Florida Lawmakers Vote to Expand CBD Law

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Florida lawmakers have given a final thumbs-up to a bill that would expand the state’s limited CBD program and create a handful of new business opportunities.

If Gov. Rick Scott signs the new bill into law, qualified patients could use full-strength MMJ instead of only low-THC marijuana, as the 2014 CBD law permits.

The measure would also allow the state to authorize three more dispensing organizations once the registered patient count hits 250,000.

But it’s still a very limited program, and only those who have a year or less left to live could use high-THC medical cannabis.

The existing CBD law allows for just five growers and producers.

Some observers say lawmakers see the bill as a way head off a medical cannabis ballot measure this November that could create an even bigger MMJ market in the state.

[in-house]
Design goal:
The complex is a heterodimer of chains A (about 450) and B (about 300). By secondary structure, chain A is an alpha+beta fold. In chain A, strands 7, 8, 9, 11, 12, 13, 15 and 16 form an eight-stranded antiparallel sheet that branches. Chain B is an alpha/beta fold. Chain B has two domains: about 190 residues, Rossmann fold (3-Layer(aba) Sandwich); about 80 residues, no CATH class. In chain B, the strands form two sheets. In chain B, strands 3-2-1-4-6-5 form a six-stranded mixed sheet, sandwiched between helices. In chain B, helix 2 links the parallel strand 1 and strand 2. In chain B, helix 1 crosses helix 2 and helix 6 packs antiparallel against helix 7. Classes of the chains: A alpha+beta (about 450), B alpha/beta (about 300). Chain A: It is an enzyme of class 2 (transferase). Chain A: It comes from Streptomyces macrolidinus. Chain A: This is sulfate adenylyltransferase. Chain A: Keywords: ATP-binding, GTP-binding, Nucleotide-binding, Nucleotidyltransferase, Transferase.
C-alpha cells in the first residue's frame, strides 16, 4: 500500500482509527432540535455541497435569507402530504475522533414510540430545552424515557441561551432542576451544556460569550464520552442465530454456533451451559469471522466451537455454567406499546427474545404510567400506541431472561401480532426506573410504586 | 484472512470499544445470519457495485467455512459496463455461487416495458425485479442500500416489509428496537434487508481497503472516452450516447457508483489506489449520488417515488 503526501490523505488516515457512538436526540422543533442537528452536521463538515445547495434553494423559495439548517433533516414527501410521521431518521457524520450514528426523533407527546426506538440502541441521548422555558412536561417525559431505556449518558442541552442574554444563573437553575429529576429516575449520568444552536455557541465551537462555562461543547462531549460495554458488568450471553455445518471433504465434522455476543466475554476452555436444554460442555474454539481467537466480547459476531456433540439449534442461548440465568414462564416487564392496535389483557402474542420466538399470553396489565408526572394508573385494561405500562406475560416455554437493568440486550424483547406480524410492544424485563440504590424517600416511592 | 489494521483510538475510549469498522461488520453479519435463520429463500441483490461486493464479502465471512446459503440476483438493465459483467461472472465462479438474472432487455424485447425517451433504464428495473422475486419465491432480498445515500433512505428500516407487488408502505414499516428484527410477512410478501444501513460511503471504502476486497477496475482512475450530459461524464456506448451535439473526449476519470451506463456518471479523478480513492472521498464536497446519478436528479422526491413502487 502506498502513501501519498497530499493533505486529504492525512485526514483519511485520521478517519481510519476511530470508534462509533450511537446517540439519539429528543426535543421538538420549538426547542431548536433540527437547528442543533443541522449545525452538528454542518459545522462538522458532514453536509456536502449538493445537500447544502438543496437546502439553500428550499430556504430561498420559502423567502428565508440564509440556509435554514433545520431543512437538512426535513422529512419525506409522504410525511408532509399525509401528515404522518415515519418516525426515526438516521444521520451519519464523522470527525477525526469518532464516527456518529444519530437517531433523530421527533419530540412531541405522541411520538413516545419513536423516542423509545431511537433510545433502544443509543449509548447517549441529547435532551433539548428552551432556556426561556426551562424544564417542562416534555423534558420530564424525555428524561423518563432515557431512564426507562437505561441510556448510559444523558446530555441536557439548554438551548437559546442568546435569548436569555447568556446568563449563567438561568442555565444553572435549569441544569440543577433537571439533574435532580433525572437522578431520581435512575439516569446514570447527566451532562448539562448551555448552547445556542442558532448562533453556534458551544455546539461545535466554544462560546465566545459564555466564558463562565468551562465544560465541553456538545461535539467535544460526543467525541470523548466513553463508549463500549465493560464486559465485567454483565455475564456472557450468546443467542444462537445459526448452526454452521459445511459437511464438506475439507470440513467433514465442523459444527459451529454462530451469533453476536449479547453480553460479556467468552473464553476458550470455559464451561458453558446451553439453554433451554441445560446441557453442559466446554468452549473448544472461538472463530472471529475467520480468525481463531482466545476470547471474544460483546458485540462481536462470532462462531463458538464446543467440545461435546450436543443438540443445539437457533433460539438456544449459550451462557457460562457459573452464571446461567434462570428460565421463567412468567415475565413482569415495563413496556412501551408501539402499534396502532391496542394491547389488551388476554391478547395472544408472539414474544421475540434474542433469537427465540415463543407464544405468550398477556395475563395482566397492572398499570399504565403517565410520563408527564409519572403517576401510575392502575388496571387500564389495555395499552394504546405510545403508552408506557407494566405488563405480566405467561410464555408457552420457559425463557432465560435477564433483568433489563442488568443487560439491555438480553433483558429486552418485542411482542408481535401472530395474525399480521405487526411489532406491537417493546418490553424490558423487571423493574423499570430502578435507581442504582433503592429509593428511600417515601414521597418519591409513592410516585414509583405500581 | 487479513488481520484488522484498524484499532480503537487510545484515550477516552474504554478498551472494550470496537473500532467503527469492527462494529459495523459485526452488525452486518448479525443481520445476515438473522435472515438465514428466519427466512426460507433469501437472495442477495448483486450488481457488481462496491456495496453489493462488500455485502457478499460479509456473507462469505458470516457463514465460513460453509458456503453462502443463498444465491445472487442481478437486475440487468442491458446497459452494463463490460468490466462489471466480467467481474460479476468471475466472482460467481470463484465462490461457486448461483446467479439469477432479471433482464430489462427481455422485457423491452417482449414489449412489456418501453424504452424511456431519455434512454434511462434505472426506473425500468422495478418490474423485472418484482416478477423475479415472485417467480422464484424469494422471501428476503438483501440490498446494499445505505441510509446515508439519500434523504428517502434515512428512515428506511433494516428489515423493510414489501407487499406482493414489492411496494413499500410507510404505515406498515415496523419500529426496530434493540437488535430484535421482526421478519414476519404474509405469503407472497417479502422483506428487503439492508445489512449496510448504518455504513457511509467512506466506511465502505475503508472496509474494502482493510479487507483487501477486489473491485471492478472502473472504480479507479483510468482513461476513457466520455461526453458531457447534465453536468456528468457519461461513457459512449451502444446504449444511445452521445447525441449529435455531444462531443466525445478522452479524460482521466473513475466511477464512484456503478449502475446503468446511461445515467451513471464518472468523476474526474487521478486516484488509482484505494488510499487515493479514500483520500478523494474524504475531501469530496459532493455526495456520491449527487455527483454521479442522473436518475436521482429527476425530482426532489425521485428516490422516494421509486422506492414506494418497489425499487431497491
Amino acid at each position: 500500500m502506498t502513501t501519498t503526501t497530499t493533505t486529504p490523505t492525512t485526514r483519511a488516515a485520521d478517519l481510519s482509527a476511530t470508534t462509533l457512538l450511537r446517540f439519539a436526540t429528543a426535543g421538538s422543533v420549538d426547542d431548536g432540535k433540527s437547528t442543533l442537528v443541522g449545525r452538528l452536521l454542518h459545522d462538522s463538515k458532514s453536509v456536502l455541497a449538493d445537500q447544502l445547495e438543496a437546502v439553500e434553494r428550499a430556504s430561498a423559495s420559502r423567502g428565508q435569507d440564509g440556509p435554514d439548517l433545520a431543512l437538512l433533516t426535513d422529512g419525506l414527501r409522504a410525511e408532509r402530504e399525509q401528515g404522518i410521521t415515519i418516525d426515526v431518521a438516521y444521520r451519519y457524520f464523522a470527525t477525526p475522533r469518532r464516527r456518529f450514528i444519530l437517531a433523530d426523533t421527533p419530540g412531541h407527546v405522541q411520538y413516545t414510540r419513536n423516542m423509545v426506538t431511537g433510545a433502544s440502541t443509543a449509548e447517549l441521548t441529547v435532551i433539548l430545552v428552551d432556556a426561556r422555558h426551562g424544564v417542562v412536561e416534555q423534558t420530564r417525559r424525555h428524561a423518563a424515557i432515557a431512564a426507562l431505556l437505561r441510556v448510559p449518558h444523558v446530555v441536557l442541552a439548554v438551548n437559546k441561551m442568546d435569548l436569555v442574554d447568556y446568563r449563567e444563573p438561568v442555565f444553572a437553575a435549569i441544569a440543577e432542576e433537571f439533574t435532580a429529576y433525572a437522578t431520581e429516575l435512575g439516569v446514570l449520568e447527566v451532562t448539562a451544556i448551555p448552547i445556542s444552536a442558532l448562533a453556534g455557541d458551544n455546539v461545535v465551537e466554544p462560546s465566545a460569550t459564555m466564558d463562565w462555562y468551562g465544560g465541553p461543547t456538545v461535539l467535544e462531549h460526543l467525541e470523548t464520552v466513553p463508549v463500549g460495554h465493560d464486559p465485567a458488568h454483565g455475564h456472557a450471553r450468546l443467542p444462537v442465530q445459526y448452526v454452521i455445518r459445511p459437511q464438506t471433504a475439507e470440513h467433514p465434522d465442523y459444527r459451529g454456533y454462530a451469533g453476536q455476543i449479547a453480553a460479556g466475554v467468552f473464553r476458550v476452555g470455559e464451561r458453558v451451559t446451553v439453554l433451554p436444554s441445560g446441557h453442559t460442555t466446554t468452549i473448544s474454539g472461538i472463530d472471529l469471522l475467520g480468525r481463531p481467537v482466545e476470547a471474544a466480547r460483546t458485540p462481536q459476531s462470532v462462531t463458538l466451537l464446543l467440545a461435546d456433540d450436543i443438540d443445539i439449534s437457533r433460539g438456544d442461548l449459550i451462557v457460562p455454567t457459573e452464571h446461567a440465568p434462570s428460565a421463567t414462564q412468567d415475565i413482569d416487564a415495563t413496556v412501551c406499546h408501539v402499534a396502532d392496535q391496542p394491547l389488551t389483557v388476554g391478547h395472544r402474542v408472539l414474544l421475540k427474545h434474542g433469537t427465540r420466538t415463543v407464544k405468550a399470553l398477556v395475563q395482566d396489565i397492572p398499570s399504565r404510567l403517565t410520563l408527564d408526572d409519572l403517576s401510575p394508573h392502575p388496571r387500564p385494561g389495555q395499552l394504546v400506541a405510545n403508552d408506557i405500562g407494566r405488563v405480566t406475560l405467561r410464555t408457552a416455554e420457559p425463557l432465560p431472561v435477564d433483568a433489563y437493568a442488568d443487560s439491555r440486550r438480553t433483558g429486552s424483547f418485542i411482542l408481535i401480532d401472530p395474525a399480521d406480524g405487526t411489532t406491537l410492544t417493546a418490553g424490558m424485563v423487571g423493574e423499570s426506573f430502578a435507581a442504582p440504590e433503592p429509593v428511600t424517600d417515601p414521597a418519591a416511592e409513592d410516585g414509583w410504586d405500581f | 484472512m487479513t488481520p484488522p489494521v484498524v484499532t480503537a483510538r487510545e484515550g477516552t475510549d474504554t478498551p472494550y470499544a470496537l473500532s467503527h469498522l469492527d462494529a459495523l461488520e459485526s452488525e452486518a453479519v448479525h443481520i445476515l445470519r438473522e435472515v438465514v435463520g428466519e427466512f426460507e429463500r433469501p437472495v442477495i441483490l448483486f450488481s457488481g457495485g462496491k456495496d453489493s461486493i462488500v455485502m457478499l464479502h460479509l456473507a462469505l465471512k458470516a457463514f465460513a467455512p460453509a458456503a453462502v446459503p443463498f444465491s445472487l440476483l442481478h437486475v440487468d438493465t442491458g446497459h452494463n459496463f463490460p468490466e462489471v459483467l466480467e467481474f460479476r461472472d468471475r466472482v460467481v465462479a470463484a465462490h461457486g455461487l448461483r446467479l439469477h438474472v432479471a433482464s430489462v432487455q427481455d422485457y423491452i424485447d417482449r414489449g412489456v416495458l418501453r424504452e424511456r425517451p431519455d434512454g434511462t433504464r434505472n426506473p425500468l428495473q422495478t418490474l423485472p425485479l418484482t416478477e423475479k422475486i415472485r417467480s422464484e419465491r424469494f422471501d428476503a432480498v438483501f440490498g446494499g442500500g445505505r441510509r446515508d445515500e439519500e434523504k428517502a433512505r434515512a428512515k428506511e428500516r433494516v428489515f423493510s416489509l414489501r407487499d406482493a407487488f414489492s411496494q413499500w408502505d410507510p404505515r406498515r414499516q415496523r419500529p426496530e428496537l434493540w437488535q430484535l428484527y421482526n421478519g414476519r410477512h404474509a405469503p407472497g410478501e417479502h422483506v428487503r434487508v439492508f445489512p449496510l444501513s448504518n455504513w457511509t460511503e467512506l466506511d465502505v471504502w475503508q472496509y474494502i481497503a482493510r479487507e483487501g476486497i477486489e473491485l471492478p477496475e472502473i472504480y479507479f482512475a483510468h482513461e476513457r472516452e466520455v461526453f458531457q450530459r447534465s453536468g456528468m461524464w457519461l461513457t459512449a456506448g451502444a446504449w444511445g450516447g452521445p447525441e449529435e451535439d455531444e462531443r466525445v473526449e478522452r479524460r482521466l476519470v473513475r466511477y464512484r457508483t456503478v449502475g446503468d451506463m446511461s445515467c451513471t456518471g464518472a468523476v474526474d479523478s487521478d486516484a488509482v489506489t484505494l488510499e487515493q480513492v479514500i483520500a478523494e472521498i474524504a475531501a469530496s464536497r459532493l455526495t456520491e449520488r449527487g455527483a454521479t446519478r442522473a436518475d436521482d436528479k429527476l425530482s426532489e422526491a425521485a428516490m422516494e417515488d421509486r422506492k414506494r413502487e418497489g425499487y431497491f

Pen Pollara – campaign manager of United for Care, the organization behind the November MMJ ballot measure – called the new law “more lipstick on the pig that is Tallahassee’s ‘medical marijuana’ law,” according to Floridapolitics.com.

United for Care’s initiative, meanwhile, would enact a much broader MMJ industry; physicians would be able to recommend MMJ for nearly any ailment they believe could be helped by cannabis, and there would be no limit on the number of business licenses to be issued.

The 2014 CBD law was viewed by many at the time as an attempt by legislators to undercut Amendment 2, the MMJ ballot measure that failed by a narrow margin later that year.